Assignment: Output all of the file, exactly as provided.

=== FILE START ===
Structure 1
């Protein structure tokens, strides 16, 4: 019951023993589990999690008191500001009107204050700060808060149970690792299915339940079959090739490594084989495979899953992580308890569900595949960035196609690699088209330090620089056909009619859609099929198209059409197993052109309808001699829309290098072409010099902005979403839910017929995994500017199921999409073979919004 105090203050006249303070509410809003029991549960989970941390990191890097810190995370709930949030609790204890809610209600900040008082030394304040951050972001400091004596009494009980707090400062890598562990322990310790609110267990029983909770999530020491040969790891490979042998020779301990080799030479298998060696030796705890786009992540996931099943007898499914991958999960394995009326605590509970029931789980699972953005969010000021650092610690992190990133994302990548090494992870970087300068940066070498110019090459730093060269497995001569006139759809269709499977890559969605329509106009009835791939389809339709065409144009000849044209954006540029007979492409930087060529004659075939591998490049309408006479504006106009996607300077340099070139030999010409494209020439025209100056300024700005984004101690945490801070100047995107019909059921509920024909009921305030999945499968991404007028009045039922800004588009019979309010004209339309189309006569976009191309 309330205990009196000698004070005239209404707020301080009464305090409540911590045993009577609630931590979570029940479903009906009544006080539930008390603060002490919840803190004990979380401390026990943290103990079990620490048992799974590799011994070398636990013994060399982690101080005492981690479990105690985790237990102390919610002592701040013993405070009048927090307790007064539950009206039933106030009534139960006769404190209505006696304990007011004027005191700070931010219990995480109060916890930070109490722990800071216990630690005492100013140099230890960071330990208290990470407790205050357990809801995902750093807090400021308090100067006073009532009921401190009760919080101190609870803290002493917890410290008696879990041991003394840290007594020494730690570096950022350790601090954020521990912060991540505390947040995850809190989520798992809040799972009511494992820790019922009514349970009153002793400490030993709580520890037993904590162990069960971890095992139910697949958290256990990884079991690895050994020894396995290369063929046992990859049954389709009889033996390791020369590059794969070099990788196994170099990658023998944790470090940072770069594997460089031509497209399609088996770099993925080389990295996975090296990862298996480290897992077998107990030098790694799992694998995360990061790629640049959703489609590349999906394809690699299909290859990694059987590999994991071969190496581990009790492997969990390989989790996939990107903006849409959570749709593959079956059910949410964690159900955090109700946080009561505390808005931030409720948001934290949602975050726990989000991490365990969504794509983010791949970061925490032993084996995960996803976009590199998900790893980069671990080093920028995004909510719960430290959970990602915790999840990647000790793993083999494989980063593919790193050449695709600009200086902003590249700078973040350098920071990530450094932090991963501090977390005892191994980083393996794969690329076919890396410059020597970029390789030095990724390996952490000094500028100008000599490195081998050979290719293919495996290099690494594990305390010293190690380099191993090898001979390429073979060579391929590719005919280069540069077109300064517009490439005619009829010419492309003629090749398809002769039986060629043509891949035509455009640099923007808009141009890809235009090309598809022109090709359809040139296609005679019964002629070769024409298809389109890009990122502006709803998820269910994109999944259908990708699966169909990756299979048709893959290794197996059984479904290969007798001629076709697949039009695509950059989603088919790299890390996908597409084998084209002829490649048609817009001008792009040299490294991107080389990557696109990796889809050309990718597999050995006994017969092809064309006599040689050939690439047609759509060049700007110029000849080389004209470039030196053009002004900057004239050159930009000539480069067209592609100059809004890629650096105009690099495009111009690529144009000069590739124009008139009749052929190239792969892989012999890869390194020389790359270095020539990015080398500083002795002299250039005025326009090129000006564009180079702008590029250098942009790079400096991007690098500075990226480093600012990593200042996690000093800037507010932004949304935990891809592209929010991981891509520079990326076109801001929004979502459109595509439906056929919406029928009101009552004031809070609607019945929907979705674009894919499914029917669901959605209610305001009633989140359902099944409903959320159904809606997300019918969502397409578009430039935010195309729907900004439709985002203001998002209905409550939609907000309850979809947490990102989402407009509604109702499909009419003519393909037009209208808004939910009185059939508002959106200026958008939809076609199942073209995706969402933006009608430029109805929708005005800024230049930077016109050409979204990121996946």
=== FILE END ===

Structure 1
């Protein structure tokens, strides 16, 4: 019951023993589990999690008191500001009107204050700060808060149970690792299915339940079959090739490594084989495979899953992580308890569900595949960035196609690699088209330090620089056909009619859609099929198209059409197993052109309808001699829309290098072409010099902005979403839910017929995994500017199921999409073979919004 105090203050006249303070509410809003029991549960989970941390990191890097810190995370709930949030609790204890809610209600900040008082030394304040951050972001400091004596009494009980707090400062890598562990322990310790609110267990029983909770999530020491040969790891490979042998020779301990080799030479298998060696030796705890786009992540996931099943007898499914991958999960394995009326605590509970029931789980699972953005969010000021650092610690992190990133994302990548090494992870970087300068940066070498110019090459730093060269497995001569006139759809269709499977890559969605329509106009009835791939389809339709065409144009000849044209954006540029007979492409930087060529004659075939591998490049309408006479504006106009996607300077340099070139030999010409494209020439025209100056300024700005984004101690945490801070100047995107019909059921509920024909009921305030999945499968991404007028009045039922800004588009019979309010004209339309189309006569976009191309 309330205990009196000698004070005239209404707020301080009464305090409540911590045993009577609630931590979570029940479903009906009544006080539930008390603060002490919840803190004990979380401390026990943290103990079990620490048992799974590799011994070398636990013994060399982690101080005492981690479990105690985790237990102390919610002592701040013993405070009048927090307790007064539950009206039933106030009534139960006769404190209505006696304990007011004027005191700070931010219990995480109060916890930070109490722990800071216990630690005492100013140099230890960071330990208290990470407790205050357990809801995902750093807090400021308090100067006073009532009921401190009760919080101190609870803290002493917890410290008696879990041991003394840290007594020494730690570096950022350790601090954020521990912060991540505390947040995850809190989520798992809040799972009511494992820790019922009514349970009153002793400490030993709580520890037993904590162990069960971890095992139910697949958290256990990884079991690895050994020894396995290369063929046992990859049954389709009889033996390791020369590059794969070099990788196994170099990658023998944790470090940072770069594997460089031509497209399609088996770099993925080389990295996975090296990862298996480290897992077998107990030098790694799992694998995360990061790629640049959703489609590349999906394809690699299909290859990694059987590999994991071969190496581990009790492997969990390989989790996939990107903006849409959570749709593959079956059910949410964690159900955090109700946080009561505390808005931030409720948001934290949602975050726990989000991490365990969504794509983010791949970061925490032993084996995960996803976009590199998900790893980069671990080093920028995004909510719960430290959970990602915790999840990647000790793993083999494989980063593919790193050449695709600009200086902003590249700078973040350098920071990530450094932090991963501090977390005892191994980083393996794969690329076919890396410059020597970029390789030095990724390996952490000094500028100008000599490195081998050979290719293919495996290099690494594990305390010293190690380099191993090898001979390429073979060579391929590719005919280069540069077109300064517009490439005619009829010419492309003629090749398809002769039986060629043509891949035509455009640099923007808009141009890809235009090309598809022109090709359809040139296609005679019964002629070769024409298809389109890009990122502006709803998820269910994109999944259908990708699966169909990756299979048709893959290794197996059984479904290969007798001629076709697949039009695509950059989603088919790299890390996908597409084998084209002829490649048609817009001008792009040299490294991107080389990557696109990796889809050309990718597999050995006994017969092809064309006599040689050939690439047609759509060049700007110029000849080389004209470039030196053009002004900057004239050159930009000539480069067209592609100059809004890629650096105009690099495009111009690529144009000069590739124009008139009749052929190239792969892989012999890869390194020389790359270095020539990015080398500083002795002299250039005025326009090129000006564009180079702008590029250098942009790079400096991007690098500075990226480093600012990593200042996690000093800037507010932004949304935990891809592209929010991981891509520079990326076109801001929004979502459109595509439906056929919406029928009101009552004031809070609607019945929907979705674009894919499914029917669901959605209610305001009633989140359902099944409903959320159904809606997300019918969502397409578009430039935010195309729907900004439709985002203001998002209905409550939609907000309850979809947490990102989402407009509604109702499909009419003519393909037009209208808004939910009185059939508002959106200026958008939809076609199942073209995706969402933006009608430029109805929708005005800024230049930077016109050409979204990121996946």